Target: Julia Marton-Lefèvre, Director General of the International Union for the Conservation of Nature (IUCN)
Goal: Heighten efforts to study and recognize the Bururi long-fingered frog in order to better educate the public and promote conservation efforts on behalf on the little-known animal.
For half a century, the small (1.3 inch-long) Bururi long-fingered frog was considered to be extinct. Until recently, the highly elusive frog has been largely a mystery to the many scientists looking to discover more (anything) about the amphibian. Late last year a group of researchers working with the California Academy of Sciences, of San Francisco, was delighted to find the small grayish blue frog accented with black spots in the southwestern region of East Africa’s Burundian forests.
This feat was made all the greater by the fact that these scientists had been looking for this tiny frog in the vast forest without much help. Think of it as a lot like trying to find a very small needle in a very large haystack. Originally, the frog was discovered in 1949 by a Belgian biologist who left hardly any mention as to where the animal could possibly be located. “I happened to take my stick and push aside some vegetation, and lo and behold, sitting on the log was this species that hadn’t been seen since 1949,” explains David Blackburn of the expedition, which just announced their finding earlier this month. “It was a great moment.”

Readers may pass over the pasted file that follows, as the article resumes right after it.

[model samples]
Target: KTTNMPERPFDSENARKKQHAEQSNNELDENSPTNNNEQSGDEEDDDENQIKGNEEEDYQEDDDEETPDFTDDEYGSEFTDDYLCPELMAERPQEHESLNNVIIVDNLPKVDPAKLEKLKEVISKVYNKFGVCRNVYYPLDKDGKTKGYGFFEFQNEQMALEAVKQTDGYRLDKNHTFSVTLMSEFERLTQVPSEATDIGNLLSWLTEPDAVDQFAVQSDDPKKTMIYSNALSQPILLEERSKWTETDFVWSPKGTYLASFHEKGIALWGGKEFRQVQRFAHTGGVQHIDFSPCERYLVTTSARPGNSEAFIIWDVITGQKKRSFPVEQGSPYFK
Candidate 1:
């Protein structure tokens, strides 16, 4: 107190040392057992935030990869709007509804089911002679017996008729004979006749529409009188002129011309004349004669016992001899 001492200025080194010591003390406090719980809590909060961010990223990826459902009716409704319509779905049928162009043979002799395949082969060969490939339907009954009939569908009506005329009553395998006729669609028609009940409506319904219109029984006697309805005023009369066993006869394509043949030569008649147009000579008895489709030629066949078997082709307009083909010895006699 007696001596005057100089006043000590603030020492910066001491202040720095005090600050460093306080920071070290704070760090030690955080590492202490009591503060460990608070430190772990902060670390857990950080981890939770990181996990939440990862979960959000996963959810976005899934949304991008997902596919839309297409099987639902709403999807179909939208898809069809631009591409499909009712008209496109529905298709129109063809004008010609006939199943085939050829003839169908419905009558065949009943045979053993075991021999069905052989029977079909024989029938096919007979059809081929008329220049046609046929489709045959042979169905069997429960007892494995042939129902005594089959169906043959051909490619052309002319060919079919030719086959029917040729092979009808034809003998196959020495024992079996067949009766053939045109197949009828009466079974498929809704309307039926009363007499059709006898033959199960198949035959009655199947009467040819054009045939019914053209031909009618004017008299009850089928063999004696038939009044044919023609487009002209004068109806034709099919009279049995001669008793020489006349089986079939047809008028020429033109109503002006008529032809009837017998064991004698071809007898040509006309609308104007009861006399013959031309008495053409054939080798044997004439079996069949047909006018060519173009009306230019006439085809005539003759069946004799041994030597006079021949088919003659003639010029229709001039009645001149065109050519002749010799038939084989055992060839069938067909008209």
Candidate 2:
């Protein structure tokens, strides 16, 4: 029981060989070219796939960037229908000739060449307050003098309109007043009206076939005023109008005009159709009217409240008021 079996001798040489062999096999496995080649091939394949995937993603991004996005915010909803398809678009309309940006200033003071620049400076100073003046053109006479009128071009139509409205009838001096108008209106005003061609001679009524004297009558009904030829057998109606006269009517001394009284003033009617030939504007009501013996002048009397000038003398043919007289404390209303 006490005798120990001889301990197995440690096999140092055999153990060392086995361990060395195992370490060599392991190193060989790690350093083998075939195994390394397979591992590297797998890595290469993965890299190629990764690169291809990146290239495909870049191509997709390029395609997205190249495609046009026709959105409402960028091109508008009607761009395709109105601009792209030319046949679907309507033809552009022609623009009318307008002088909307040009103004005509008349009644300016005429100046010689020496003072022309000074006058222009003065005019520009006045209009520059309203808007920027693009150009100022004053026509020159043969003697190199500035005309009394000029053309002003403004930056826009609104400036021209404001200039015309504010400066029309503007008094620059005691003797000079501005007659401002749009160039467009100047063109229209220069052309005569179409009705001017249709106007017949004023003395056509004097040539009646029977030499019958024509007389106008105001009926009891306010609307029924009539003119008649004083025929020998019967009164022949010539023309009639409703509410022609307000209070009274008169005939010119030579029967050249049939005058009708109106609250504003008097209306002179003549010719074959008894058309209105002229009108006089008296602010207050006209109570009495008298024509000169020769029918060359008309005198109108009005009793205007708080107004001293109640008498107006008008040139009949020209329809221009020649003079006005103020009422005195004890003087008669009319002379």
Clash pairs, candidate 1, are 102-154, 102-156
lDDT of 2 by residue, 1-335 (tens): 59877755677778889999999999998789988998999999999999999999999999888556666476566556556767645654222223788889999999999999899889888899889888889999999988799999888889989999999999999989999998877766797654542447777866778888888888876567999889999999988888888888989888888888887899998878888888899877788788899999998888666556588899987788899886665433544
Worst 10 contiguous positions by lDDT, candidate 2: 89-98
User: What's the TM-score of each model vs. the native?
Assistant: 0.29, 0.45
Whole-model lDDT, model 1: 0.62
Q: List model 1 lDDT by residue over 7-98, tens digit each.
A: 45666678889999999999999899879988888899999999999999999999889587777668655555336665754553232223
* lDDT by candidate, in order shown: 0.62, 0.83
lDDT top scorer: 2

And with this new thrill that comes along with any new discovery, concerns are now being raised about the future for this animal. Like many animals living in the wild, destructive and invasive human encroachment are threatening to wipe out the animal and the environment in which it lives. Like the recently discovered hammerhead shark variation, the Bururi frog species faces the real possibility of extinction before it is ever officially recognized by an international community. Without immediate global efforts to protect the Bururi frog, third time may not be a charm and this could be the last we ever hear from the animal…again.
Dear Ms. Marton-Lefèvre,
The elusive Bururi frog of East Africa has long been considered to be extinct. Ever since it was first discovered in 1949, the small amphibian has gone unseen for decades—that is until recently, when researchers from the United States and the Democratic Republic of Congo were fortunate enough to stumble upon the frog in the Burundian forest.
While the mystery of the Bururi frog’s existence is no longer in question, there is still plenty more that can be learned about the animal. In order to ensure the longevity of this species, we first need to learn about it. With threats to their population and environment growing every day, time cannot be wasted.
As a leading member of the IUCN you, along with your organization, can provide the necessary global support for which the Bururi frog can benefit. I write to you in order to urge you and the IUCN to continue research on the Bururi long-fingered frog and provide the public with the proper information that will help garner support for the animal worldwide.
[Your name here]